There are certain things or behaviors that automatically scream DISORDERED EATING to me, even if they're not things that are actual symptoms of an ED. Like, whenever I see a woman buying nonfat Greek yogurt along with Amy's frozen meals, I'm all, I'M ONTO YOU. Now, nonfat Greek yogurt and Amy's frozen meals are healthy and enjoyable, and I don't think that the items themselves encourage disordered eating in the least. But they're the kinds of foods that are constantly endorsed by the dietitians quoted in women's magazines, because they taste like they have more calories than they actually do; plus, they're in single servings, making them appear appropriate for a whole meal, even though they're not. (I used to eat Amy's for every single meal--which I thought was healthy and I now see was anything but. I still eat them, but I have sides with them to get all my exchanges.)

Anyway. One of those things, now that I've done it, is bikram yoga. As in hot yoga. As in yoga at 105 degrees, as in sweating through all of your clothes, as in the instructor was in boxer briefs. I'd heard various things about it--mostly from people who had tried it once, found it to be torturous, and never did it again. I do plain ol' room temperature yoga and find it the perfect combination of soothing and invigorating, and saw no need to turn up the heat. When I've done yoga in warm weather, it felt good but not necessarily better.

But on Saturday, I decided to give it a try. I told myself that it was because a new yoga studio opened in my neighborhood and had a price special. I told myself it was because I wanted to try something new. I told myself that I was just sating my curiosity. But I think that I was really just feeding my ED, trying to keep it alive in little ways--pushing the rules but not breaking them.

Just as with the legions of Greek-yogurt-eaters out there, it's not like I think that everyone who does bikram yoga has an ED. At the same time, unlike Greek yogurt, I do think that the practice inherently encourages a disordered mind-set.

A) It uses artificial means to create a response that's above and beyond what a "normal" response to a healthy situation would be (that is, it uses heat to increase the post-yoga "high").
B) It makes you sweat an enormous amount, leading to a (very) temporary weight loss.
C) Most importantly: All that sweating makes you feel lighter and somehow like you've gotten rid of something. It feels like you are purging. It feels like you are purifying. And that is the whole point of bikram yoga.

"Purity" is one of those words that can mask an ED, because it seems virtuous and healthy--few people would ever comment on the amount of food I was eating when I was restricting, but I would frequently be praised for my food choices. "Eating clean," "being pure"--I hear these just as much from my fellow patients as I do eating less, and those thoughts, when vocalized, are much less likely to garner concern/frustration/disdain than visibly restricting portions across the board.

I love yoga, and its benefits have been widely documented--including its benefits for eating disorder patients. But yoga-as-practice differs from yoga-as-lifestyle, and, as in anything that is embraced as a lifestyle for its, well, style instead of for its intrinsic qualities, it becomes something that can be ranked. Yoga class trumps yoga DVD; yoga studio trumps gym-class yoga; bikram yoga trumps hatha yoga. So suddenly, simply practicing yoga isn't enough. It has to be pushed to another extreme. And that extreme, in order to have any meaning, has to be a symbol of greater health, greater purity, greater cleansing--forgetting, of course, that yoga is about balance, loss of ego, breath, and unity of the mind, body, and spirit. It becomes a competition instead of a cooperation. In becoming a lifestyle, it loses its essence and retains only ever-increasing hallmarks--more sweat, more discipline. Which is pretty much what one end of my eating disorder was all about: Instead of focusing on actual health, I focused on what signaled "health" to my ED.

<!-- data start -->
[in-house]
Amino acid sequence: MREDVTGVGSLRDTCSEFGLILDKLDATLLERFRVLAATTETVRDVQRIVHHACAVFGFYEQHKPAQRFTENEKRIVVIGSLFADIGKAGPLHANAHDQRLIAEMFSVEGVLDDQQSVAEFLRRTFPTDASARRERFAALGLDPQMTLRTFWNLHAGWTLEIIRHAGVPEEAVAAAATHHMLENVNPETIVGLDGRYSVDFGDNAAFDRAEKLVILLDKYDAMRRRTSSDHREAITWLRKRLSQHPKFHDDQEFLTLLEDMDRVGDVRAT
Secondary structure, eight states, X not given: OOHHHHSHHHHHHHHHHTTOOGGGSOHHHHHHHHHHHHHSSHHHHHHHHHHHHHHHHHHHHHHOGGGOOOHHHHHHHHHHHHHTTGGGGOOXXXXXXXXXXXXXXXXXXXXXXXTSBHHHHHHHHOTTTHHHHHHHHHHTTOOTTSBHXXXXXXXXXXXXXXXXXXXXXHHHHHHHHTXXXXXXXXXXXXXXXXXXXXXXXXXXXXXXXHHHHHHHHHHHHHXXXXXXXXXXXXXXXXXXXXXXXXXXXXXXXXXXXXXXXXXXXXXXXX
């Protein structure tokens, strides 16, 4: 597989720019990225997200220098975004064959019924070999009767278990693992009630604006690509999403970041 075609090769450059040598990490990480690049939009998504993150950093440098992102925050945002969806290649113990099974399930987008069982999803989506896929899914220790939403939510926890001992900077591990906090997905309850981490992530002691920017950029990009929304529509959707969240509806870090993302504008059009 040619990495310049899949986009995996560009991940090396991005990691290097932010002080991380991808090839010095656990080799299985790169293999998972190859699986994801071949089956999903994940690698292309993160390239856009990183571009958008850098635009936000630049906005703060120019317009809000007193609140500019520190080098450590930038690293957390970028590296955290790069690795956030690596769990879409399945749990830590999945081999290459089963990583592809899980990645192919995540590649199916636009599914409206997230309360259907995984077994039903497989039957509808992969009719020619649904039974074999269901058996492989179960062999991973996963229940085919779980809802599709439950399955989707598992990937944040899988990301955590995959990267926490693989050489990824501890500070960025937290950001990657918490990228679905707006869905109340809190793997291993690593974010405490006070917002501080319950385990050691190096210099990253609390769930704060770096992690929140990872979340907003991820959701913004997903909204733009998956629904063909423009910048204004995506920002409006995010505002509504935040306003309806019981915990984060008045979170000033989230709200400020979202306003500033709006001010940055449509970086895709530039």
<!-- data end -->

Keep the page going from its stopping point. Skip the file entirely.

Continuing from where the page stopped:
So hot yoga is bad for me because I'm recovering from an eating disorder, but so are lots of things that might be perfectly healthy for others (tracking calories, taking body measurements). But I also think it's bad for the body. Not only was I extraordinarily sore the next day, but two days later I got a painful charley horse in my right thigh. I know the difference between normal postworkout soreness, or even the kind of soreness that comes after trying something new, and this kind of soreness. This was beyond what it should be--this was harmful.

So my legs ache, and only now, on Wednesday, are my shoulders feeling normal again. That's the physical damage. I'm pleased that my mental damage was minimal--in fact, if anything it may have made me more aware of the ways in which I try to trick myself, how I try to "get away" with things. Again: If I am going to recover fully, I need to not trick myself. It's easy enough to recognize my ED when it's telling me to binge or restrict; it's harder to identify it when it's leading me to hot yoga or crazy 1970s books on macrobiotics. But I recognized this as a trick, which is a start. A couple of months ago, I wouldn't have.

Sunday, December 6, 2009

Grocery Shopping, Levity, Recovery